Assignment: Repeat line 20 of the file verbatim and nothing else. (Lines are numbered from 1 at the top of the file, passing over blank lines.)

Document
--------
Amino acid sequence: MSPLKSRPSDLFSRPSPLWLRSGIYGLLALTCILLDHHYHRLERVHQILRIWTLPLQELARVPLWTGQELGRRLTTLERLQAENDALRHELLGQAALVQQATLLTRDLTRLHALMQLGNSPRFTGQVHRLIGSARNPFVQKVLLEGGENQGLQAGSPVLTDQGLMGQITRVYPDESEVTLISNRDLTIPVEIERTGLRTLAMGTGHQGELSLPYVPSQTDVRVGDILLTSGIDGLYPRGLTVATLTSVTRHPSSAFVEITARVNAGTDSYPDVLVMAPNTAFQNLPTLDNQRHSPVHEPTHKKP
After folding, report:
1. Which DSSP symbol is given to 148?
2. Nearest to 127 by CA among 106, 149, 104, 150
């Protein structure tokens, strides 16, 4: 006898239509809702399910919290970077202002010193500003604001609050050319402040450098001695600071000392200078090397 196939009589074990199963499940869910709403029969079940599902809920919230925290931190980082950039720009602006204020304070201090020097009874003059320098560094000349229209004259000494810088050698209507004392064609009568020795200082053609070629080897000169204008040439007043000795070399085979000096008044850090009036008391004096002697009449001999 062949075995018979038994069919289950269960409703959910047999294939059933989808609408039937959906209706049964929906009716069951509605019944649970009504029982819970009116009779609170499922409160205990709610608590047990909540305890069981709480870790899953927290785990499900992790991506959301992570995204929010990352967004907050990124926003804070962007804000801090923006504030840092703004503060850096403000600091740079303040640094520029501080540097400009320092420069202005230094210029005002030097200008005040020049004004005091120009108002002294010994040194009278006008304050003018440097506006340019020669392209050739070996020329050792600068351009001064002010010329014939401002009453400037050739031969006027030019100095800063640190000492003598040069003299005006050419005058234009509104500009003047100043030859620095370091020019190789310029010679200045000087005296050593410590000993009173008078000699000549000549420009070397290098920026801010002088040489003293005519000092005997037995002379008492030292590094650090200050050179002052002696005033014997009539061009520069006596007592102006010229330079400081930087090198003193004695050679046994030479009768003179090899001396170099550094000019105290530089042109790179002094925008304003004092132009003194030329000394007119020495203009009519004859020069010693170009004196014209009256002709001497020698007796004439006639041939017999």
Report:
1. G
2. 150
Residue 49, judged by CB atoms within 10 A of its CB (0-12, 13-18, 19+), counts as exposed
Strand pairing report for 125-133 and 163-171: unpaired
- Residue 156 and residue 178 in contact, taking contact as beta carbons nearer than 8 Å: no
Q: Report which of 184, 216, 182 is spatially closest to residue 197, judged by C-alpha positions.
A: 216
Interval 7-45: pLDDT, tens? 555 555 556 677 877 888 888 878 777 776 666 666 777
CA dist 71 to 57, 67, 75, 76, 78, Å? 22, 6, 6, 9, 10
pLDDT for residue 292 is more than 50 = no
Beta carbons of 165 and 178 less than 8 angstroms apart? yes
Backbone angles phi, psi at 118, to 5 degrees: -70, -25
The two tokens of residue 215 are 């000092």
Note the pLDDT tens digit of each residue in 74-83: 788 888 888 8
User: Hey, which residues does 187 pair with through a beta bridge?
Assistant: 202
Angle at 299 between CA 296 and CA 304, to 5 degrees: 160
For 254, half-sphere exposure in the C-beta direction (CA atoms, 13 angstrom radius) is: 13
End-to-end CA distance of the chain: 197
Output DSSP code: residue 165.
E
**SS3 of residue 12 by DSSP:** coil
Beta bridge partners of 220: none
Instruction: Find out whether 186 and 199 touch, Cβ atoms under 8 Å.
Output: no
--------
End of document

Note the pLDDT tens digit of each residue in 74-83: 788 888 888 8